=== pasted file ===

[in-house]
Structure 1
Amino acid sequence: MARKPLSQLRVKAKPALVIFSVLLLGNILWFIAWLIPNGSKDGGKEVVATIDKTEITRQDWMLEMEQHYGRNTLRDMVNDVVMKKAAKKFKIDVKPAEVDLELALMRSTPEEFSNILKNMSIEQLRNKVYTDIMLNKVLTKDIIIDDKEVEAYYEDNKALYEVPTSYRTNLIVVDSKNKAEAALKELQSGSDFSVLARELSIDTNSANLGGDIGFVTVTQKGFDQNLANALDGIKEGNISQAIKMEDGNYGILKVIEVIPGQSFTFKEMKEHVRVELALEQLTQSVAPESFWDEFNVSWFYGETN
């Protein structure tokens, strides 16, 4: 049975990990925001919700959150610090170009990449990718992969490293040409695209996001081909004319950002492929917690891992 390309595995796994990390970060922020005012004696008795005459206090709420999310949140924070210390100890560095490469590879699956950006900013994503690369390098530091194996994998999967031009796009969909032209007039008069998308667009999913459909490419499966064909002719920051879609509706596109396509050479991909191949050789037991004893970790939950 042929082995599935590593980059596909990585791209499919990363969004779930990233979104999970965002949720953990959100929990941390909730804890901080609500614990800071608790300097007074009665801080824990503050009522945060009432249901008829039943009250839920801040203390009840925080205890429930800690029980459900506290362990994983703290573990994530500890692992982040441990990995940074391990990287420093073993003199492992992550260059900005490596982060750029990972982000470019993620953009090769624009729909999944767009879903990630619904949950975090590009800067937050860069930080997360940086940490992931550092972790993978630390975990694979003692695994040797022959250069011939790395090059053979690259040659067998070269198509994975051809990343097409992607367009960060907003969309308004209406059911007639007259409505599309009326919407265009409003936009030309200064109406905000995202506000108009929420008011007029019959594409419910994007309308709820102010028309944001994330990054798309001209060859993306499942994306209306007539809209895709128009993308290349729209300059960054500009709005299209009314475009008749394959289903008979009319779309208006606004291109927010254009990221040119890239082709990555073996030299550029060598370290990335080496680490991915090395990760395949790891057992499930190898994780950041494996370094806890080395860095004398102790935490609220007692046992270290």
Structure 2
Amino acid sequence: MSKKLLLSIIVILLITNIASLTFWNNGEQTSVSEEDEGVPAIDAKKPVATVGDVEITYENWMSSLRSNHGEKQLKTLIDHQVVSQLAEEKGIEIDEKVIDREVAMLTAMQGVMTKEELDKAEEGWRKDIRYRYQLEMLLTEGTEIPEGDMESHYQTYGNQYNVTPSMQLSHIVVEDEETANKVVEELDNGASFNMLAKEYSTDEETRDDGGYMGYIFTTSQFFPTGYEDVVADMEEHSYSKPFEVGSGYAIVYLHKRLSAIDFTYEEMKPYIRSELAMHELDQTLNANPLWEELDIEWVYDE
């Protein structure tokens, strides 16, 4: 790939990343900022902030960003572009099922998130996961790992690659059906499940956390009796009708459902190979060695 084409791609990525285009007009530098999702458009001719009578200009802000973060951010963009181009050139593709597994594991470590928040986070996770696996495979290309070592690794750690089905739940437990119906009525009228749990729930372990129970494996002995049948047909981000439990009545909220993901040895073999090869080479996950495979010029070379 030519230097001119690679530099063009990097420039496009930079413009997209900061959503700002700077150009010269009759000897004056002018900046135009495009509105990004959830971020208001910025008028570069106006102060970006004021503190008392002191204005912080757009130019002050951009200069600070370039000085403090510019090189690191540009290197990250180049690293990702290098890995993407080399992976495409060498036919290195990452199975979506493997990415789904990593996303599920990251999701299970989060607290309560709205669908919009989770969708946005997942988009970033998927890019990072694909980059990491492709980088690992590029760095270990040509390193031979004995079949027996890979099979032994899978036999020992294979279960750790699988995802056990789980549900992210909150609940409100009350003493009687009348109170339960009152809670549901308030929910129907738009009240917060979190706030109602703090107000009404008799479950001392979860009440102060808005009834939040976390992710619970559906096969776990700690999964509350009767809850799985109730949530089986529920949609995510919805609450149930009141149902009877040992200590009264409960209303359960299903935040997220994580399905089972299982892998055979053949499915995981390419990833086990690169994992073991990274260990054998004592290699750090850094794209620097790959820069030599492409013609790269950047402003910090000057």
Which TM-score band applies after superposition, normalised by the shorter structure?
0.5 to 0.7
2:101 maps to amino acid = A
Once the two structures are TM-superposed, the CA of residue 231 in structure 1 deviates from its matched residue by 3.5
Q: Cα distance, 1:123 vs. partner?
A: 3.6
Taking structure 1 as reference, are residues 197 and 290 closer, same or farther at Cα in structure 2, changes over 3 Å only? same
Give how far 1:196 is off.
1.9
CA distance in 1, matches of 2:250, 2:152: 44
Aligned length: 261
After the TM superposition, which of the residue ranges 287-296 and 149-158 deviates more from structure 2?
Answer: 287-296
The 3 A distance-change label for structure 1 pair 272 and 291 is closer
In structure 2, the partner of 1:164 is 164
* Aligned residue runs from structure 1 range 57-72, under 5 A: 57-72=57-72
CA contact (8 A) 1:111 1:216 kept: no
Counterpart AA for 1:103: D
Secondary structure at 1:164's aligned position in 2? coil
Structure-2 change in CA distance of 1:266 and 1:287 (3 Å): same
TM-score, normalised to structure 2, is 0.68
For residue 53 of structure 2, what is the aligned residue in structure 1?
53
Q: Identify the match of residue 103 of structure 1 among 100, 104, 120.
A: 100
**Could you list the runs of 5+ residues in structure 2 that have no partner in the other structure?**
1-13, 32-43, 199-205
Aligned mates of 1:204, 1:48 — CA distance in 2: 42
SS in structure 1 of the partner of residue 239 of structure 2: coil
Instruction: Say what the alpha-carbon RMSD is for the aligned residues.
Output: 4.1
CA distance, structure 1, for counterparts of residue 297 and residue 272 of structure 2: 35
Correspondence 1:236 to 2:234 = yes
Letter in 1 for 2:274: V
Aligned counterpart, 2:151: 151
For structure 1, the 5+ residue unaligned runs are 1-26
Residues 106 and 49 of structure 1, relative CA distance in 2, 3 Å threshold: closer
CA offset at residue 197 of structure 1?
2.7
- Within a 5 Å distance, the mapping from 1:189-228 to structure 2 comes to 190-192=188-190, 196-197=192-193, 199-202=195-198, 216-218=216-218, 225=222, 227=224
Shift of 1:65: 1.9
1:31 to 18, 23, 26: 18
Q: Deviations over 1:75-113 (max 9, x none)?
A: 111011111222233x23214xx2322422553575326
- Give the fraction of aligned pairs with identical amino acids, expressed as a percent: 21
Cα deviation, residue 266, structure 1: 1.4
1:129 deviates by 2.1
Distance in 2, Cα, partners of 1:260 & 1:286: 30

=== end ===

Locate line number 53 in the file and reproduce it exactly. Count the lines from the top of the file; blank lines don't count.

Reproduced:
Cα deviation, residue 266, structure 1: 1.4